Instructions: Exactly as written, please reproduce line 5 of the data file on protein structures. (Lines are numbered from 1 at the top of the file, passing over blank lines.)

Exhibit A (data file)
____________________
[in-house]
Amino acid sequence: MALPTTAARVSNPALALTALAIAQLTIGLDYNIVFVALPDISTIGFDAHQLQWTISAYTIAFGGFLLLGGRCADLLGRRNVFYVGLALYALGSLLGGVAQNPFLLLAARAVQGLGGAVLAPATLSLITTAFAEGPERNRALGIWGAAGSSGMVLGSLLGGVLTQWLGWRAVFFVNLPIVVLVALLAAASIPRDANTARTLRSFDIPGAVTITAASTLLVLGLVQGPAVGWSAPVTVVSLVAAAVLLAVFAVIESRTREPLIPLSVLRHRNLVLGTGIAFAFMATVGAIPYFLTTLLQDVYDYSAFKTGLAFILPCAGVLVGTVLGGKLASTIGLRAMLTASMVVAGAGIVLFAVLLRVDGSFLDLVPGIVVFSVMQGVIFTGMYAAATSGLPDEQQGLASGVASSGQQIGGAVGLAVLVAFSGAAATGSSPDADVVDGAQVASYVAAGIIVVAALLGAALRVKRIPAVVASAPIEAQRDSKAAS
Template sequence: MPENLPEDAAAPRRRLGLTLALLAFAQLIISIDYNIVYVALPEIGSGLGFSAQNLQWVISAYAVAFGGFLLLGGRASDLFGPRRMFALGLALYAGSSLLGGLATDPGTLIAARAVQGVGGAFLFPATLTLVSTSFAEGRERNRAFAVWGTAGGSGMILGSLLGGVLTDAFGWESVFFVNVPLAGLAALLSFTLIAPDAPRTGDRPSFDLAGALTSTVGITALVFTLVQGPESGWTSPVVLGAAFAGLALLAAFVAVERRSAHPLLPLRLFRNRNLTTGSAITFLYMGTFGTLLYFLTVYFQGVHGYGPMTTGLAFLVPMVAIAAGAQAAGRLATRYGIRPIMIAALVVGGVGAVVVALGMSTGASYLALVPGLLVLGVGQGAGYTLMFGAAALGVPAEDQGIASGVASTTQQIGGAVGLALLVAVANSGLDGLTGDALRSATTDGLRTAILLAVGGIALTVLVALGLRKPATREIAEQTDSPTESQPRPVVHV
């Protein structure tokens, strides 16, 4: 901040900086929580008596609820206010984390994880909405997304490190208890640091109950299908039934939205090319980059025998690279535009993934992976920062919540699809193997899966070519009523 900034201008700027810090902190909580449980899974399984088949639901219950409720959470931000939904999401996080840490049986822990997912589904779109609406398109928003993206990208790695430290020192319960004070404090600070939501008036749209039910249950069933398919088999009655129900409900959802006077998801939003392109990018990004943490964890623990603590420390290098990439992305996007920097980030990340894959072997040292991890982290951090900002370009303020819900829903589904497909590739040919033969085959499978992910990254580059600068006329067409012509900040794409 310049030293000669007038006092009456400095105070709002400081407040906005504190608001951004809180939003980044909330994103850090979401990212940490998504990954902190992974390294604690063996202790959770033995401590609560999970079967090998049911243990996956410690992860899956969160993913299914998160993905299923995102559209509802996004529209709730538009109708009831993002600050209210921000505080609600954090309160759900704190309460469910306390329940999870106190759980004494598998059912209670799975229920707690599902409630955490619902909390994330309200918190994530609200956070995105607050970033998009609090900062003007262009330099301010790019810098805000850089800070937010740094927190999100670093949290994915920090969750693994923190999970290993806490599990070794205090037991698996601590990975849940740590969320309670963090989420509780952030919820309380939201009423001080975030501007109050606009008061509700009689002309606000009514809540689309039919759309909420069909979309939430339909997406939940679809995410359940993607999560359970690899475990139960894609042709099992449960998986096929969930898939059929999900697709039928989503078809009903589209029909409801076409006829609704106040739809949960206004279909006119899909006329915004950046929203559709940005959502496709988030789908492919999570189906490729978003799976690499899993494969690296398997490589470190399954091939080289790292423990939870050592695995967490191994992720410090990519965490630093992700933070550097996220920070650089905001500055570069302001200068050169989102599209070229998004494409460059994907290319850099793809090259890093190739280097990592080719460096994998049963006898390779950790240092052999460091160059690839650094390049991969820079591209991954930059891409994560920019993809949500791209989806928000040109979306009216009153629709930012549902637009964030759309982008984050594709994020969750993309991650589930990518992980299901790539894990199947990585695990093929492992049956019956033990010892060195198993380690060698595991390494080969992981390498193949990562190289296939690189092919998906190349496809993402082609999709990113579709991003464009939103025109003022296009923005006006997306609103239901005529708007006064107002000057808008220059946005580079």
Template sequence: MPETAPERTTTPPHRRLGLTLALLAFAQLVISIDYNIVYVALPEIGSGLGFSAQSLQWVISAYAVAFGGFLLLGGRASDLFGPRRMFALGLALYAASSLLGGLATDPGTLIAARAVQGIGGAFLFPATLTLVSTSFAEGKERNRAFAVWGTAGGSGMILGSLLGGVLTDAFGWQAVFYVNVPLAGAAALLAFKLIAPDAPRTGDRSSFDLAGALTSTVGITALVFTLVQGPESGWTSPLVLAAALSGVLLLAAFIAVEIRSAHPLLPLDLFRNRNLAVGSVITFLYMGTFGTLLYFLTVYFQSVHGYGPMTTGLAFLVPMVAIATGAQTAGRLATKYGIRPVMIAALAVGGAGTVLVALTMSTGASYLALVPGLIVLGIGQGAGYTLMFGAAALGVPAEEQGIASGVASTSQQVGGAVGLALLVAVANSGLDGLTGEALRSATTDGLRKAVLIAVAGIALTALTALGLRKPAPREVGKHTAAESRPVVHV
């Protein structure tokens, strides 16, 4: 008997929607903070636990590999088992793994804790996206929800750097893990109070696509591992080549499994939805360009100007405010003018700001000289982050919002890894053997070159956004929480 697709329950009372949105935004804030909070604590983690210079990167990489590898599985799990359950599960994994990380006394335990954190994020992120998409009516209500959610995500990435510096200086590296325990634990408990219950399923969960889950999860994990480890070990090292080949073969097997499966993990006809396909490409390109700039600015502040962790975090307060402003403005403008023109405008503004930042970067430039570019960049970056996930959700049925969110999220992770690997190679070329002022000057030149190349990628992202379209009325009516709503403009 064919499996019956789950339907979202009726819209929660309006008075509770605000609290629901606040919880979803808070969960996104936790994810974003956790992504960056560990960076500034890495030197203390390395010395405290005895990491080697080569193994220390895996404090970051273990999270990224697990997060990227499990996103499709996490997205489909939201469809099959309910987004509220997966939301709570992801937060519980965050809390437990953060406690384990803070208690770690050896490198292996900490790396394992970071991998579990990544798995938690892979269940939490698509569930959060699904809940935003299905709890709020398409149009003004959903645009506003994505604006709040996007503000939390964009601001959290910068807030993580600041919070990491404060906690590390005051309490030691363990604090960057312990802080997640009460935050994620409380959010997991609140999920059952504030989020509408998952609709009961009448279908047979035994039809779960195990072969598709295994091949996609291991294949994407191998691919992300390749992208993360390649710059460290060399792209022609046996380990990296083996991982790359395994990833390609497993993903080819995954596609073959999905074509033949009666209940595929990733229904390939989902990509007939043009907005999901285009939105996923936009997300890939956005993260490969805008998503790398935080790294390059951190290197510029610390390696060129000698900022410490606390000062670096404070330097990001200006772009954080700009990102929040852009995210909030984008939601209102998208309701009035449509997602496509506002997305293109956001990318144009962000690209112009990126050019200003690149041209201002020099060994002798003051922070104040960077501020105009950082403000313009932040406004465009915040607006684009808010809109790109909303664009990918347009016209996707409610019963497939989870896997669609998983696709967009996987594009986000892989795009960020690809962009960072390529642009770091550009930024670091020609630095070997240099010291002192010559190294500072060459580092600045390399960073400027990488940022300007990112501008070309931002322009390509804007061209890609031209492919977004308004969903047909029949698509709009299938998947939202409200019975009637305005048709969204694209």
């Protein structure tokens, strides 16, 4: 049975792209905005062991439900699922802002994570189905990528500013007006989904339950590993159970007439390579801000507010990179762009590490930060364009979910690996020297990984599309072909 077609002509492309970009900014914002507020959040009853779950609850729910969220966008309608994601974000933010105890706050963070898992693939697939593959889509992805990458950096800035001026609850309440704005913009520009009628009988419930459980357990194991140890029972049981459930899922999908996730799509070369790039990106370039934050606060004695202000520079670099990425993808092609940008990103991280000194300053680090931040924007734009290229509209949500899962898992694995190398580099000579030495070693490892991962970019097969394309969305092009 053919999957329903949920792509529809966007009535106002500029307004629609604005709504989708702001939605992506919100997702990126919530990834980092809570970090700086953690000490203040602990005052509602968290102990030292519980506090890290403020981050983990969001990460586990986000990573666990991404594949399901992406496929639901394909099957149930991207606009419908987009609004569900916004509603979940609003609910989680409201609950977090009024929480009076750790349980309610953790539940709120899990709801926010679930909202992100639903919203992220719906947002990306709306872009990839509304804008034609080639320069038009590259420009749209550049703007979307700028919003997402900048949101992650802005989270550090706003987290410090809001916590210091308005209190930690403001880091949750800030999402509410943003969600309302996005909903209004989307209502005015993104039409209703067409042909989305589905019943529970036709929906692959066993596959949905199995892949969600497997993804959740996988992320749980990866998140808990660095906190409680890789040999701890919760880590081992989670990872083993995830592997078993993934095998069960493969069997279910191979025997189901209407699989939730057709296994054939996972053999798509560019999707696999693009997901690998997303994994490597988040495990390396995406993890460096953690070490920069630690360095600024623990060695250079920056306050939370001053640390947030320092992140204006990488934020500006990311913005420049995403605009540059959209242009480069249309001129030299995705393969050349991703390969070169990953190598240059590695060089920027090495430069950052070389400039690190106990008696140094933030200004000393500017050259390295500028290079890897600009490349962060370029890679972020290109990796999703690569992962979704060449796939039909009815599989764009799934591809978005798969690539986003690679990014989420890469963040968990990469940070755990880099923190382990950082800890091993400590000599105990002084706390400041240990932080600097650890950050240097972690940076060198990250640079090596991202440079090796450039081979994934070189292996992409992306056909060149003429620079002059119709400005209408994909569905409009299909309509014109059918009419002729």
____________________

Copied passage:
Template sequence: MPETAPERTTTPPHRRLGLTLALLAFAQLVISIDYNIVYVALPEIGSGLGFSAQSLQWVISAYAVAFGGFLLLGGRASDLFGPRRMFALGLALYAASSLLGGLATDPGTLIAARAVQGIGGAFLFPATLTLVSTSFAEGKERNRAFAVWGTAGGSGMILGSLLGGVLTDAFGWQAVFYVNVPLAGAAALLAFKLIAPDAPRTGDRSSFDLAGALTSTVGITALVFTLVQGPESGWTSPLVLAAALSGVLLLAAFIAVEIRSAHPLLPLDLFRNRNLAVGSVITFLYMGTFGTLLYFLTVYFQSVHGYGPMTTGLAFLVPMVAIATGAQTAGRLATKYGIRPVMIAALAVGGAGTVLVALTMSTGASYLALVPGLIVLGIGQGAGYTLMFGAAALGVPAEEQGIASGVASTSQQVGGAVGLALLVAVANSGLDGLTGEALRSATTDGLRKAVLIAVAGIALTALTALGLRKPAPREVGKHTAAESRPVVHV